In academic settings, securing buy-in at the state level, then from school districts and individual schools can be challenging. In addition, public and private school systems are typically budget-constrained. For Glotzbach and Quizlet, adopting a B2C model allows the company to align its interests directly with those of the end user: the learner. The B2C approach also enables the company to scale directly via technology and the internet, rather than having to work through the gatekeepers at universities and school districts.

Chidambaran points to the nonprofit nature of school systems in the U.S. and Western Europe as an obstacle to innovation. “We believe nonprofits are always designed to preserve the status quo, while for-profit businesses are designed to disrupt the status quo.” For iLearningEngines, regardless of whether the core business model is B2C or B2B, the international market is often more receptive to EdTech solutions – and more eager to invest in new approaches to learning.

Burgeoning demand in the international market

Glotzbach characterizes the EdTech opportunity abroad as significant: With more than 1.5 billion students from kindergarten through graduate school on the planet, and only 70 million in the U.S., that leaves more than 1.4 billion potential customers around the rest of the world. Additionally, because of the way public education works in the U.S., most Americans generally expect their tax dollars to pay for education, and thus spend a comparatively low portion of their discretionary incomes on learning–especially relative to Asian countries, where many of the most successful EdTech startups emerged.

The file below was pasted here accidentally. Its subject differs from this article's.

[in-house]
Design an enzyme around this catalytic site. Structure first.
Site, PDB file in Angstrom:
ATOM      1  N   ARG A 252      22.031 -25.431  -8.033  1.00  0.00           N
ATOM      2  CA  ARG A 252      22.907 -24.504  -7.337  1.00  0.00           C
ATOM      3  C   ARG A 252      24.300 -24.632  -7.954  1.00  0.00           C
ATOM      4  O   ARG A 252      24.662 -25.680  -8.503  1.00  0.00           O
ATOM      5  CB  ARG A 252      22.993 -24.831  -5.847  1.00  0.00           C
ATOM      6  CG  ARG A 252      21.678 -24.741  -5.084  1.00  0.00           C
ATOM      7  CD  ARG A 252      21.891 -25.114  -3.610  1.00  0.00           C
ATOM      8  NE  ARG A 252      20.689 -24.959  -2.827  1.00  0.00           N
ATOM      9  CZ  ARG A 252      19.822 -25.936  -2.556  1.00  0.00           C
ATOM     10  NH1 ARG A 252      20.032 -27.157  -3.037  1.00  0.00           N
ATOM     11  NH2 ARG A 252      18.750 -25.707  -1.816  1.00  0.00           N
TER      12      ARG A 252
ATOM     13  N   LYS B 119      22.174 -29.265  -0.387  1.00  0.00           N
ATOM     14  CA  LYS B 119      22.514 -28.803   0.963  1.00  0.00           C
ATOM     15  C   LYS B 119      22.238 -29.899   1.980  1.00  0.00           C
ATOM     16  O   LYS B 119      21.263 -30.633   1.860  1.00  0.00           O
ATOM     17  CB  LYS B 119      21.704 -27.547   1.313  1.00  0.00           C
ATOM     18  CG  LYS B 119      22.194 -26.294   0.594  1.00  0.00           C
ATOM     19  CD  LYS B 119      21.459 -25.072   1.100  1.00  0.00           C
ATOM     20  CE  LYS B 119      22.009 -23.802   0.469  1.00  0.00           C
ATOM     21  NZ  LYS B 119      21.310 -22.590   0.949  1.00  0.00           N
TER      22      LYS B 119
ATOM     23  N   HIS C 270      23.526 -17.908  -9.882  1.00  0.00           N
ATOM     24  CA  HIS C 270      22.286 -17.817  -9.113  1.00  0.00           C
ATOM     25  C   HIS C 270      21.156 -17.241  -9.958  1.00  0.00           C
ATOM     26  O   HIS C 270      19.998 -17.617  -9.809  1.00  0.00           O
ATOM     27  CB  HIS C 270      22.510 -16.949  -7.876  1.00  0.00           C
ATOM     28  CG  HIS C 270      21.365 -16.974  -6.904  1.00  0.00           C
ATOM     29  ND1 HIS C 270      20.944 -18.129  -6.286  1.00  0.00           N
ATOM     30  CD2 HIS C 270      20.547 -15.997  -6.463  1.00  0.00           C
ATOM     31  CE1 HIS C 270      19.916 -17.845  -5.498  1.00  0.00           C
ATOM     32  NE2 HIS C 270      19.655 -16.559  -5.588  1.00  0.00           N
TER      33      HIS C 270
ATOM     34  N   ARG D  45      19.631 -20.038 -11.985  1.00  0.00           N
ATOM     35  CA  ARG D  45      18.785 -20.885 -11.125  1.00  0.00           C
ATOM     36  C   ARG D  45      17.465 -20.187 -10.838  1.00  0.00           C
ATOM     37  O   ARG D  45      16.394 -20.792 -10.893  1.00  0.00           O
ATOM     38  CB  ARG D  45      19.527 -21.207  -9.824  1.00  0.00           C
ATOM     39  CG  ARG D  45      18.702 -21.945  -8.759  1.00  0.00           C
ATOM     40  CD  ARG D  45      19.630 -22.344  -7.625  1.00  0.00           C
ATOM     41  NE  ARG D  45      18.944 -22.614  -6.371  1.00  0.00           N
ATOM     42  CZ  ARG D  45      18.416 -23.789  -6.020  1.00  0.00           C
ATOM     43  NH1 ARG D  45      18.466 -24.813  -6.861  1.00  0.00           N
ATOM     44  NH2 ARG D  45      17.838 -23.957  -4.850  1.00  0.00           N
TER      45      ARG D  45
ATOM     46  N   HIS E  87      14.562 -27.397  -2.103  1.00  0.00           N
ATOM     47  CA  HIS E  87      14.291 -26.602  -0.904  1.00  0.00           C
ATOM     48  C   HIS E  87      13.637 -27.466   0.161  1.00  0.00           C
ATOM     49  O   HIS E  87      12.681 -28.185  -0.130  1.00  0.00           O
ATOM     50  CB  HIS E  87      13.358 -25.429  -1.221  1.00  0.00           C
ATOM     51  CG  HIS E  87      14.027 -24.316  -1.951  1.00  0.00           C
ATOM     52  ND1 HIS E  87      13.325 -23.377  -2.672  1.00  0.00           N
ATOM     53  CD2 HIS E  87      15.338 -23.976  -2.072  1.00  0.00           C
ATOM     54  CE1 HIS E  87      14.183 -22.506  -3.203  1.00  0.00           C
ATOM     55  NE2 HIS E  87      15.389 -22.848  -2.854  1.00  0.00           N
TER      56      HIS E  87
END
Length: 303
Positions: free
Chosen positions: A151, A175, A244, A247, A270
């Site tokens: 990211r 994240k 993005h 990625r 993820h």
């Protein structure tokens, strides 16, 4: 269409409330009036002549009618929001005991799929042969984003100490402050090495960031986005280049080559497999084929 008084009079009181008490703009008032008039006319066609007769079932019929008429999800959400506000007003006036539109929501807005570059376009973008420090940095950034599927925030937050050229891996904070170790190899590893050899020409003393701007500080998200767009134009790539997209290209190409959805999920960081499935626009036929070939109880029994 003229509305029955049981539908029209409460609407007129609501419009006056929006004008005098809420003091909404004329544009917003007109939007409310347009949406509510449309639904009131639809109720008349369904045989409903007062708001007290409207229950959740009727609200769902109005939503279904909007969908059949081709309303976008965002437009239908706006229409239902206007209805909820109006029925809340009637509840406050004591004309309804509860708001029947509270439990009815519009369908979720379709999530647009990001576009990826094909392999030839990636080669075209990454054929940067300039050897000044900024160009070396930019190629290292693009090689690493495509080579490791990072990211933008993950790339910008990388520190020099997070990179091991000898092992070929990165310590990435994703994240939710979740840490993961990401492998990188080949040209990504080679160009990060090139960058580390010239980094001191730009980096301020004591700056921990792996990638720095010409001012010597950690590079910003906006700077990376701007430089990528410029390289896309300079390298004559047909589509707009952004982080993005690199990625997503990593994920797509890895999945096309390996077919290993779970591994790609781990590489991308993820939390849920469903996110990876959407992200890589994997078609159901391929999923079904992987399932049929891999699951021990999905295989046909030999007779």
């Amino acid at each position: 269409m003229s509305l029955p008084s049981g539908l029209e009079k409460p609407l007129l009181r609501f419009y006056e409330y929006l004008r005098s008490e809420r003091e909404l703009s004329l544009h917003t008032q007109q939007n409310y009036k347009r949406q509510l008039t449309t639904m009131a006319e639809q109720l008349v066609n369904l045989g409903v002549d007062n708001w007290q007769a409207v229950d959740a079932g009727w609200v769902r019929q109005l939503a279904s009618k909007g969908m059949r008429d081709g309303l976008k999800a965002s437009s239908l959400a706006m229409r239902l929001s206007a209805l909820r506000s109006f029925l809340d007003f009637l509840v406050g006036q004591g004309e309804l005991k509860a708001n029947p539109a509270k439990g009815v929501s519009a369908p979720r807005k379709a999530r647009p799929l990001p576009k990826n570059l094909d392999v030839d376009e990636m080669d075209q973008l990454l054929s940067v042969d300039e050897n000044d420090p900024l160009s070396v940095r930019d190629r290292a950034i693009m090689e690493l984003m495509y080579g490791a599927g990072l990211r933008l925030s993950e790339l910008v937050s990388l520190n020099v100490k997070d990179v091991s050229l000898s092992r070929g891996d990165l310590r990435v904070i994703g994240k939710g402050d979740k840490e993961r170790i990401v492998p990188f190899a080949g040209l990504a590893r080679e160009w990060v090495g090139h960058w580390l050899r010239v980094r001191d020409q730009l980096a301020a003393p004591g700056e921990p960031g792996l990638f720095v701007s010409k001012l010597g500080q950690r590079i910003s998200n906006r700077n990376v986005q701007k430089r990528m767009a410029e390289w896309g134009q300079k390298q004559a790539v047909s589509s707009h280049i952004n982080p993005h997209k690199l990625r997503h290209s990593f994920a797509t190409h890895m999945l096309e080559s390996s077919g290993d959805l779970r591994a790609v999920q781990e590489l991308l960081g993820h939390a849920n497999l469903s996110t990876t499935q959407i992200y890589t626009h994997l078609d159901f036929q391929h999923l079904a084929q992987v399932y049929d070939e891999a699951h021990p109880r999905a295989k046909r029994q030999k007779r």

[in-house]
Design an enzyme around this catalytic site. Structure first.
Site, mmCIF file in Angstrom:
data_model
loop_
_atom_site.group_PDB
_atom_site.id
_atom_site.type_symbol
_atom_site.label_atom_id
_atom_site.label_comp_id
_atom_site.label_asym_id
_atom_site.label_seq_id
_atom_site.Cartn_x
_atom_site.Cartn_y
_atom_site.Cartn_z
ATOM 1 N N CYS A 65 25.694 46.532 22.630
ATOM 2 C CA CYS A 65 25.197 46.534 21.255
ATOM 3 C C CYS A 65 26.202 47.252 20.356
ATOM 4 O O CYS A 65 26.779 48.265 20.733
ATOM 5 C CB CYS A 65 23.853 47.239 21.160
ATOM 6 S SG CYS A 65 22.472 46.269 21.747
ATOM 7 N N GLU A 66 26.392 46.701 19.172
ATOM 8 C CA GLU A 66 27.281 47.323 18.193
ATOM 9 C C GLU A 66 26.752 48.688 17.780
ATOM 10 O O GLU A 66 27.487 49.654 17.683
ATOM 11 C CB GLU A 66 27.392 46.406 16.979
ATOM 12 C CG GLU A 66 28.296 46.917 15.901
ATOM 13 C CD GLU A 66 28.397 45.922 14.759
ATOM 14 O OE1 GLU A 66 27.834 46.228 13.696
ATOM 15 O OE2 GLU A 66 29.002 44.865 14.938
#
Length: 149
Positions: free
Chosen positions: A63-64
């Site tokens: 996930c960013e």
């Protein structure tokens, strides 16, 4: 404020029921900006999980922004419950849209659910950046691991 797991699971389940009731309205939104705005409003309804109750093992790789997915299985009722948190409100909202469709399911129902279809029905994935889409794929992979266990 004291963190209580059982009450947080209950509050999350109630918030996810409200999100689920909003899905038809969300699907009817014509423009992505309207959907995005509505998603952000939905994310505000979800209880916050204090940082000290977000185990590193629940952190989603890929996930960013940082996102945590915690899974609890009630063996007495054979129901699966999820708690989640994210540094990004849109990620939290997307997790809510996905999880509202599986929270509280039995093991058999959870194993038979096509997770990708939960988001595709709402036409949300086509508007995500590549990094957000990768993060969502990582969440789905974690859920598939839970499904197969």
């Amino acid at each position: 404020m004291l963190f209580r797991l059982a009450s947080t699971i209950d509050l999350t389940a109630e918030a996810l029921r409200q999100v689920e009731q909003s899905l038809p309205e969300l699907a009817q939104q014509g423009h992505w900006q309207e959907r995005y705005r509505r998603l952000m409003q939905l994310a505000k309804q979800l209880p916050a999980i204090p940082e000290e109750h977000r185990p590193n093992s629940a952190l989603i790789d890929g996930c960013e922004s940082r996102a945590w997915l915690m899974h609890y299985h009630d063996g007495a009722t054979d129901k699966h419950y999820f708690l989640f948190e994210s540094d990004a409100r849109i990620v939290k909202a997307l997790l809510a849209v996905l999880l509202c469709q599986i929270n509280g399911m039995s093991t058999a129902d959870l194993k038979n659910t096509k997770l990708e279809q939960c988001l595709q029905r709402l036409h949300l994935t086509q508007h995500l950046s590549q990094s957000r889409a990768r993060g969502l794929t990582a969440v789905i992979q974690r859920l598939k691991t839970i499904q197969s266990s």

In Chidambaran’s experience, tapping into that massive international opportunity requires cultivating solid relationships with local partners. “Everyone talks about how in a startup your first five hires have to be ‘can’t-miss,’ and the same thing is true of your first five partners.” A good local partner with in-depth knowledge of consumer trends in a new market is invaluable and can help an EdTech company endure the initial growing pains and build a thriving international business.

On the corporate side, Spear notes that career-advancing training programs can be a differentiator for companies not only in the U.S., but also abroad. Machine learning algorithms and AI can translate educational content into new languages with remarkable speed and accuracy. While English remains the primary business language in many cases, OpenSesame can make courses originally published in English instantly available in 12 languages.